At this point it is worth recalling that in 2012 alone, long before the ‘Ukrainian’ pretext for warding off the «threat from the east» made its appearance, 13 (!) large-scale military exercises were carried out in Poland. More than 12,000 servicemen from Poland, the US, Germany and Canada were involved in the Anaconda manoeuvres alone in five Polish provinces at once. The manoeuvres were openly directed against Russia and Belarus: according to the legend, they were necessary to respond to the conflict caused by the actions of «reactionary regimes» and «energy expansion». In the autumn of 2013, Steadfast Jazz 2013 was conducted by NATO in the Baltic Sea region in Poland, Lithuania and Latvia. At the time, they were the largest exercises ever held in the alliance’s 65-year history. According to the legend, it was in response to a possible attack from Russia and Belarus.
Today, the militarisation of Poland continues. As «proof of the threat from the east», Polish newspapers (Gazeta Polska etc.) are quoting, among other things, a statement by Ben Hodges, the commanding general of United States Army Europe, that «the so-called Suwalki Gap on the Polish-Lithuanian border is one of the two regions in Europe most vulnerable to threats».
Citing the existence of Russia’s expansionist plans, NATO is continuing to redeploy the military alliance’s forces and equipment to the east through the countries of Central and Eastern Europe, and Poland is being given centre stage in this advancement.
It should be emphasised that the process started long before the Russian Aerospace Forces’ operation began in Syria and even before the outbreak of hostilities in Donbass. It actually began immediately after the coup in Kiev. Some authors in the West such as Patrick O’Connor noted back in the spring of 2014 that the statements that followed «the US deployment of twelve F16 fighter jets and 300 troops to Poland earlier this month, underscore the brazen hypocrisy of the White House and its allies. Washington is now drumming up a war scare over alleged Russian troop movements within the country’s own borders, while at the same time the US armed forces are being deployed in a provocative effort to cordon off Russia from its neighbours». Immediately afterwards, Polish Defence Minister Tomasz Siemoniak announced on 22 March that Washington «should increase its [military] presence in Europe, including in Poland» and discuss the prospects of establishing a permanent US military base on Polish soil.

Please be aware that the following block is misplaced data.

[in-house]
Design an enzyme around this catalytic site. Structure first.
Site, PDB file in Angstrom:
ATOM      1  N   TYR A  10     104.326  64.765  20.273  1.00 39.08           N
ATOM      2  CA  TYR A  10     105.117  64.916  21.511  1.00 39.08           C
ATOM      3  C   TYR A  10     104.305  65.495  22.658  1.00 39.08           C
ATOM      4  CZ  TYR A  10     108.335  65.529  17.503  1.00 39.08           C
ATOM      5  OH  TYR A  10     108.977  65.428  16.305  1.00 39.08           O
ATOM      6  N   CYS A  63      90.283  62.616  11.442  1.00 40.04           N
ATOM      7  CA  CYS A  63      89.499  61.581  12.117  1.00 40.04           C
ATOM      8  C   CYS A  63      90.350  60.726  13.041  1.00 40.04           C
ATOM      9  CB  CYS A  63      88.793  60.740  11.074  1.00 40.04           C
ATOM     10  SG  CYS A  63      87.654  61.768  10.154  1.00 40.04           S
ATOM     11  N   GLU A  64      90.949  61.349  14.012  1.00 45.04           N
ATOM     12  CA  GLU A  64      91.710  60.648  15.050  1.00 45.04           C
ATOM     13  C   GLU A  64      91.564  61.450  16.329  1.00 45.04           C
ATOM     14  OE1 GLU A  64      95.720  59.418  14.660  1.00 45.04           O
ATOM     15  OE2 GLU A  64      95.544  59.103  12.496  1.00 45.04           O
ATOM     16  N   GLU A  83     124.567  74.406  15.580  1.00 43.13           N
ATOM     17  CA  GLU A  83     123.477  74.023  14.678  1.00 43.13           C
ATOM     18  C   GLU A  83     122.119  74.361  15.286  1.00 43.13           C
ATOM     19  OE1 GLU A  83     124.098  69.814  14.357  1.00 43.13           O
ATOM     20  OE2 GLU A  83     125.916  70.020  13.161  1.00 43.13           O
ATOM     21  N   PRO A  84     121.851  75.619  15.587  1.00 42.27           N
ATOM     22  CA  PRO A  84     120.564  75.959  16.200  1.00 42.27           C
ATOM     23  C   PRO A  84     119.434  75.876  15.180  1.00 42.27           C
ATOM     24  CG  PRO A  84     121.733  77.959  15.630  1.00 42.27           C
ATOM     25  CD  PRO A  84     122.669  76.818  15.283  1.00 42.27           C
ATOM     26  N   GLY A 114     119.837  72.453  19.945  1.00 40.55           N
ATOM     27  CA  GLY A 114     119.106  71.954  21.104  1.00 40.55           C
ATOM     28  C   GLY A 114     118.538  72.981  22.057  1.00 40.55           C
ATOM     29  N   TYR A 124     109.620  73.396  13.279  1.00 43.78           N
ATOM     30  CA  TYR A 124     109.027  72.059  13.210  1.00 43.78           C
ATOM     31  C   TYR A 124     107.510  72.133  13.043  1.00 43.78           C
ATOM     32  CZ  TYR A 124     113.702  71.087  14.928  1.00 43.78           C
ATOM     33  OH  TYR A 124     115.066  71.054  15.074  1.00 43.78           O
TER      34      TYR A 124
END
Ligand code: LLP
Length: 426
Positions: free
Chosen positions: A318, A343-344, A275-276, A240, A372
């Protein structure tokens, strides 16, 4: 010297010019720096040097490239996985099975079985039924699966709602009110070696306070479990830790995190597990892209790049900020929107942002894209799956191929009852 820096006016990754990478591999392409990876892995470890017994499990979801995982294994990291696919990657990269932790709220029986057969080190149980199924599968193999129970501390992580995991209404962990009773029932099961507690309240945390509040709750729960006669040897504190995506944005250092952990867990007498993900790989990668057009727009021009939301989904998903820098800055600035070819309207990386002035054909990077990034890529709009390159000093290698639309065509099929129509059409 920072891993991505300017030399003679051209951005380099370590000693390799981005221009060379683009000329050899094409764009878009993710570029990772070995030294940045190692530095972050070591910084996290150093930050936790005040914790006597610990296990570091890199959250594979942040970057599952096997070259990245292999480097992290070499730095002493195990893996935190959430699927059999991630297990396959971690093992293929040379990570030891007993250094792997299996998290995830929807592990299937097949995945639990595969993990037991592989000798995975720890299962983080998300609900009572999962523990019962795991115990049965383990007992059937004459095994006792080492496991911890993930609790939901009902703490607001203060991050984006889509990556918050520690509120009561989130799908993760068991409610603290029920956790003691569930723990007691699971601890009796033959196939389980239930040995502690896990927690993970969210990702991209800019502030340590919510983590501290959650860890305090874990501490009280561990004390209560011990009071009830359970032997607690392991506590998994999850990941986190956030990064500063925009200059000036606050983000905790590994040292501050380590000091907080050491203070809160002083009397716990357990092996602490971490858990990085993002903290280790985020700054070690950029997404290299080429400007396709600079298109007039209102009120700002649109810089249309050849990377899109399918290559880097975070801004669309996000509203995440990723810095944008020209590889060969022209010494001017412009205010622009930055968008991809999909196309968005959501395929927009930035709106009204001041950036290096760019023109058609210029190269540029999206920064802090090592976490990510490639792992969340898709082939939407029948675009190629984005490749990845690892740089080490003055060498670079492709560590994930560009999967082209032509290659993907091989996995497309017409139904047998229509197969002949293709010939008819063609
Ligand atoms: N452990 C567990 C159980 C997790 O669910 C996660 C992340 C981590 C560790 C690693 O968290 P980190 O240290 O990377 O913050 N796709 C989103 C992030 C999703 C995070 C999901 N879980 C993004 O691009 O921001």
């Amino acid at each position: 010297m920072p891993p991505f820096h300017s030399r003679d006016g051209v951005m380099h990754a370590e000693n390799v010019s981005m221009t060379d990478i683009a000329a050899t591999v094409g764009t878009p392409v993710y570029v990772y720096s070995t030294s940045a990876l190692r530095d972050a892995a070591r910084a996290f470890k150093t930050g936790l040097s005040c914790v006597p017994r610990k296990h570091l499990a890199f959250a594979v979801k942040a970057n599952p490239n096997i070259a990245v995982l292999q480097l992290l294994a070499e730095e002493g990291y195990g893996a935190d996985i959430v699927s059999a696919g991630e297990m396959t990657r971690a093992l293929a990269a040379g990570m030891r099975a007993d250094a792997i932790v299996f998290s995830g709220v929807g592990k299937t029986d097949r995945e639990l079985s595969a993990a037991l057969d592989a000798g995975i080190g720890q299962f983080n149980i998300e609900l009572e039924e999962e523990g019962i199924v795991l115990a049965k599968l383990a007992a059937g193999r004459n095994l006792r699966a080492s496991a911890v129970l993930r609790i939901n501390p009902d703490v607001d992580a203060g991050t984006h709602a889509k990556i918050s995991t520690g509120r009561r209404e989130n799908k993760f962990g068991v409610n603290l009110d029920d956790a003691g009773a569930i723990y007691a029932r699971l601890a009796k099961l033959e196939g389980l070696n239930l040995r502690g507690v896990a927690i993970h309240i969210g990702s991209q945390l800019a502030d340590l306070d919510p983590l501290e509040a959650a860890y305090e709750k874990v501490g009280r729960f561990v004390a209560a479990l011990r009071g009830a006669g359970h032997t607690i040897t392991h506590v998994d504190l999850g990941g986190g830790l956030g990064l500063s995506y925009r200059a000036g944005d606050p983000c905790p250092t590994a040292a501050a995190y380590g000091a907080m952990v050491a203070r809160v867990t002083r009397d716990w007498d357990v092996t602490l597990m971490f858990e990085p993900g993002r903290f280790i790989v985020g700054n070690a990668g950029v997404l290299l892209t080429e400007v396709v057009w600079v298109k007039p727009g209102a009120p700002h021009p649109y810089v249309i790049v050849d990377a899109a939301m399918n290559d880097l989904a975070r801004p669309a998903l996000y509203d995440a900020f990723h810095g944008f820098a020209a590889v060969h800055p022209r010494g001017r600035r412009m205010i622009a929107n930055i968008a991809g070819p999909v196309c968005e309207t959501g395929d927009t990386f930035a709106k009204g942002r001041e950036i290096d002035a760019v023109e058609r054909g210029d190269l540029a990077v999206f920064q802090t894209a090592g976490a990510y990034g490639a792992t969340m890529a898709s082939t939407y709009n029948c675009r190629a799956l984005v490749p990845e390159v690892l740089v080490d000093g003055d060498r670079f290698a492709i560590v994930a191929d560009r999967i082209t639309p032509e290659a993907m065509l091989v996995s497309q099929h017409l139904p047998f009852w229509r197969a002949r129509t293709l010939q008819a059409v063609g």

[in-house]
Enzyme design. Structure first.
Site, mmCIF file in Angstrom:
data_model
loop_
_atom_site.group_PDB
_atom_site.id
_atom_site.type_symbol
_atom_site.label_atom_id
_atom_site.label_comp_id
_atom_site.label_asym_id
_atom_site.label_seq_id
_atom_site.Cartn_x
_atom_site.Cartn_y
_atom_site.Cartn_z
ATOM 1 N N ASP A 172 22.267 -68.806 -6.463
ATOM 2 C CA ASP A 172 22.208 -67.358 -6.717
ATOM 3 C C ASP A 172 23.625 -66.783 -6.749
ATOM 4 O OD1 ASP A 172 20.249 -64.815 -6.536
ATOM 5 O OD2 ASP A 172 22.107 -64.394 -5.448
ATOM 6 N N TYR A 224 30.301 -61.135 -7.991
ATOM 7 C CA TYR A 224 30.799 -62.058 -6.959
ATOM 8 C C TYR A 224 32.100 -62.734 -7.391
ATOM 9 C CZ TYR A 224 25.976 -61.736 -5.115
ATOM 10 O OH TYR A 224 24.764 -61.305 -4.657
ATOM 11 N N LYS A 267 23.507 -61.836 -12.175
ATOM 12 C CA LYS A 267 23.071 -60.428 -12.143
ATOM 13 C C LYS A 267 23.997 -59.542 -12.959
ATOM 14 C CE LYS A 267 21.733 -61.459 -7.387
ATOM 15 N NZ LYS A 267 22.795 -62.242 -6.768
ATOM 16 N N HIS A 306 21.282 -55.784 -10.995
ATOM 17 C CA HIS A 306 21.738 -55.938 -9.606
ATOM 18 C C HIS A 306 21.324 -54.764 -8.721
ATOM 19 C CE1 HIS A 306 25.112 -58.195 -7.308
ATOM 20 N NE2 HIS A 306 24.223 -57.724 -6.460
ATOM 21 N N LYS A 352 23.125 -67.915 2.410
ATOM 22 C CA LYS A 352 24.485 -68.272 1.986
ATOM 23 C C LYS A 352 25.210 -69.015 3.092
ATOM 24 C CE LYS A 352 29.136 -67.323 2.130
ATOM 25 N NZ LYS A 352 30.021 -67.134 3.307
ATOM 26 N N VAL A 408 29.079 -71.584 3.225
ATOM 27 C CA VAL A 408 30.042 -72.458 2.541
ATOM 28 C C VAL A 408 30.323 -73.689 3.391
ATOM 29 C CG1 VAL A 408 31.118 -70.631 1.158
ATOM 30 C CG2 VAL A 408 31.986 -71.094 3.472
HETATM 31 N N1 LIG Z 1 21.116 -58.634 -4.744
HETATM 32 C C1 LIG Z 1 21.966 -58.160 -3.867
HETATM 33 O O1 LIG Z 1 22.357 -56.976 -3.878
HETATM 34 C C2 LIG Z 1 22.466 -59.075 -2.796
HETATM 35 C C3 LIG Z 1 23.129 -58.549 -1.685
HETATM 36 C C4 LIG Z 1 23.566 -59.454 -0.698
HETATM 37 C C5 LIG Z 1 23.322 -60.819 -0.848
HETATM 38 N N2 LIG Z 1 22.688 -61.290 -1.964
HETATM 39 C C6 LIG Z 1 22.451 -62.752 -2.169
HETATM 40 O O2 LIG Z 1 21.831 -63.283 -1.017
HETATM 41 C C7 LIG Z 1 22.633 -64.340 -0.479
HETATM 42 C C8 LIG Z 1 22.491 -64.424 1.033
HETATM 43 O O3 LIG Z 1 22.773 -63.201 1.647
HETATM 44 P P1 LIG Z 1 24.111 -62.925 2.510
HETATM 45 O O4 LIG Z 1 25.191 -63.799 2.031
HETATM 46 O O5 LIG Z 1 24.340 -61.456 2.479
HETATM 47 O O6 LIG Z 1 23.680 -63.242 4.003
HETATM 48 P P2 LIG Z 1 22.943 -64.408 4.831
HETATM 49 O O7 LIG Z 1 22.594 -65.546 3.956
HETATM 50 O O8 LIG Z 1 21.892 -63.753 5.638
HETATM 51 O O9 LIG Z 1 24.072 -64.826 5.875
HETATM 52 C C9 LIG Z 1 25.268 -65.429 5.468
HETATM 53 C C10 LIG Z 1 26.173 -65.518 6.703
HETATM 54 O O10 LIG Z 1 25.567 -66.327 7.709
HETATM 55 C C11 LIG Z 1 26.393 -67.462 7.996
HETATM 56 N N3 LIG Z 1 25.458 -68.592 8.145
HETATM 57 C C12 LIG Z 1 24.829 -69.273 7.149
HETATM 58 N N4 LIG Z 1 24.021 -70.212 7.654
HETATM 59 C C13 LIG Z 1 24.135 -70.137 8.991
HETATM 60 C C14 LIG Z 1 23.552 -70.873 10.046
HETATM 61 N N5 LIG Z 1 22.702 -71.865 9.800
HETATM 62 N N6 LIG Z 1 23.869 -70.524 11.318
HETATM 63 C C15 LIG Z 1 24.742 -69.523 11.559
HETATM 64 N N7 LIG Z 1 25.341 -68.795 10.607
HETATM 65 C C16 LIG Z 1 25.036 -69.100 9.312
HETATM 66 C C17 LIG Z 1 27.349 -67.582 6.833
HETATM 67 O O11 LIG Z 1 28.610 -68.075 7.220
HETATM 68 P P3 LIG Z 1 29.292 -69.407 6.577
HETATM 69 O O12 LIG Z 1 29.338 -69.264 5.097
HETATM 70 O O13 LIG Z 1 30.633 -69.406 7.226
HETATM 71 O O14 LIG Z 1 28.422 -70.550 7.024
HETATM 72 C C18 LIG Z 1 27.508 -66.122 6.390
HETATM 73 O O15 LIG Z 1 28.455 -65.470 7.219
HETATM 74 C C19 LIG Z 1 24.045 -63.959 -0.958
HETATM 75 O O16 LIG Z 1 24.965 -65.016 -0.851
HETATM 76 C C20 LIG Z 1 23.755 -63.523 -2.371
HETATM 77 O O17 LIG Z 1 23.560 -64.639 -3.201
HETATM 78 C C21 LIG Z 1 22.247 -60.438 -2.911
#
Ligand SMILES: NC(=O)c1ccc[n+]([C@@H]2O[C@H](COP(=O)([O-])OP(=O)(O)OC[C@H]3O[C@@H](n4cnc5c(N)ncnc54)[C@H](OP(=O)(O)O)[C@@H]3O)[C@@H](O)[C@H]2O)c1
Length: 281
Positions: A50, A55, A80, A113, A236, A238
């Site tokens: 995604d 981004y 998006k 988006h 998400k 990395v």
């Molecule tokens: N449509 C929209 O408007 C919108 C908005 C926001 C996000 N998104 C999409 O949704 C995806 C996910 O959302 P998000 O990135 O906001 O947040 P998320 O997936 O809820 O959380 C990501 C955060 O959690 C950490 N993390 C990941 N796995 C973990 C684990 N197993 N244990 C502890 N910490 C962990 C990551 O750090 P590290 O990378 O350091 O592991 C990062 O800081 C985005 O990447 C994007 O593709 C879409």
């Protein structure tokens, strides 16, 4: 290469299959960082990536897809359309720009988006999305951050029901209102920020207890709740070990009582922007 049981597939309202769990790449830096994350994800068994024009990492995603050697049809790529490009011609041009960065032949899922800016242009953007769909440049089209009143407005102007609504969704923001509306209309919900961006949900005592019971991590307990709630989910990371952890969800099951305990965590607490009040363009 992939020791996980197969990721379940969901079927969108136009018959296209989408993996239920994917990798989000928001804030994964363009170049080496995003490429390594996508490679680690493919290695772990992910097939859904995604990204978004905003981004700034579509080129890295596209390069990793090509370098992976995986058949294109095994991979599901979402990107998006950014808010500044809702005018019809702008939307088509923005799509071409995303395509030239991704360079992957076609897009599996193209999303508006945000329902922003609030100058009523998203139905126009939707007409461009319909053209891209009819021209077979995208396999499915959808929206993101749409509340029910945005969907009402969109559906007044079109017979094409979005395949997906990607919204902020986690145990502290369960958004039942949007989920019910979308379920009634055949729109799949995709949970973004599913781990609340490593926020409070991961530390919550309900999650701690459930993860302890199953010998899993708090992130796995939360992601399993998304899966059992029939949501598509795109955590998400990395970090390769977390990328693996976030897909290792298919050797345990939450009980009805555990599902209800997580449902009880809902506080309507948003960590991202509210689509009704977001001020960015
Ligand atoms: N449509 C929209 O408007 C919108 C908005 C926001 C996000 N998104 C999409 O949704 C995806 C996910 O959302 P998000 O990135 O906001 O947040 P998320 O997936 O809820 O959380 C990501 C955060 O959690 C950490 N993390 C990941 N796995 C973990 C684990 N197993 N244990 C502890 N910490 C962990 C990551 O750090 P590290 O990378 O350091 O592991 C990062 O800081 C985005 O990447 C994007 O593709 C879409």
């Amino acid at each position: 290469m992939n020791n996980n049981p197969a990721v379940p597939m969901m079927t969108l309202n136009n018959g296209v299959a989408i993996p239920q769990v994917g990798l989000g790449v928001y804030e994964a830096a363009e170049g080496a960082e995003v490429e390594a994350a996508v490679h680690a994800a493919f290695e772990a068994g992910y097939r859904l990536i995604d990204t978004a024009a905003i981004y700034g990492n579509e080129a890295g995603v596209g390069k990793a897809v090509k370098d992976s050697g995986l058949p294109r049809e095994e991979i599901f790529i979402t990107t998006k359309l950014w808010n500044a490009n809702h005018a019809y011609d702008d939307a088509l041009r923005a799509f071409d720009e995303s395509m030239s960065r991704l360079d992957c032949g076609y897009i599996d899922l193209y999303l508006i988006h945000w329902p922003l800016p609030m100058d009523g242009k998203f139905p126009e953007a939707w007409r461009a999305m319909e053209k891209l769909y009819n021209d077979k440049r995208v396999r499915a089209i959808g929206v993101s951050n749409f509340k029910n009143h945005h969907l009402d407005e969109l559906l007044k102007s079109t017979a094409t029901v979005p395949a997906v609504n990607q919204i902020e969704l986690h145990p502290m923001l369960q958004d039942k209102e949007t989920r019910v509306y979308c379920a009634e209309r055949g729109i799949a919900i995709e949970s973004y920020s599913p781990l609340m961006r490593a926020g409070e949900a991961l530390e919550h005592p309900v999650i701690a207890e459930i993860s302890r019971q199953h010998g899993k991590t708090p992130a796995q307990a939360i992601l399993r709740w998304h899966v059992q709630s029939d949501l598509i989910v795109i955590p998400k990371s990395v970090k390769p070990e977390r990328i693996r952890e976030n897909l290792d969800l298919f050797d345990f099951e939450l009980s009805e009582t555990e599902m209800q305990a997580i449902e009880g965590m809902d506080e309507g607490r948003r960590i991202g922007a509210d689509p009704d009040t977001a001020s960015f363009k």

In considering the reasons prompting Poland to act this way, it is impossible not to agree with the words of Western analyst James Petras, who says, that «the NATO seizure of Ukraine has a multiplier effect that reaches ‘upward’ toward Russia and ‘downward’ toward the Middle East and consolidates control over its vast oil wealth… The US has moved forcefully from encircling Russia via ‘elections and free markets’ in Eastern Europe to relying on military force, death squads, terror and economic sanctions in Ukraine, the Caucasus, the Middle East and Asia… Washington’s strategic objective is to isolate Russia from without, undermine its military capability and erode its economy, in order to strengthen NATO’s political and economic collaborators inside Russia».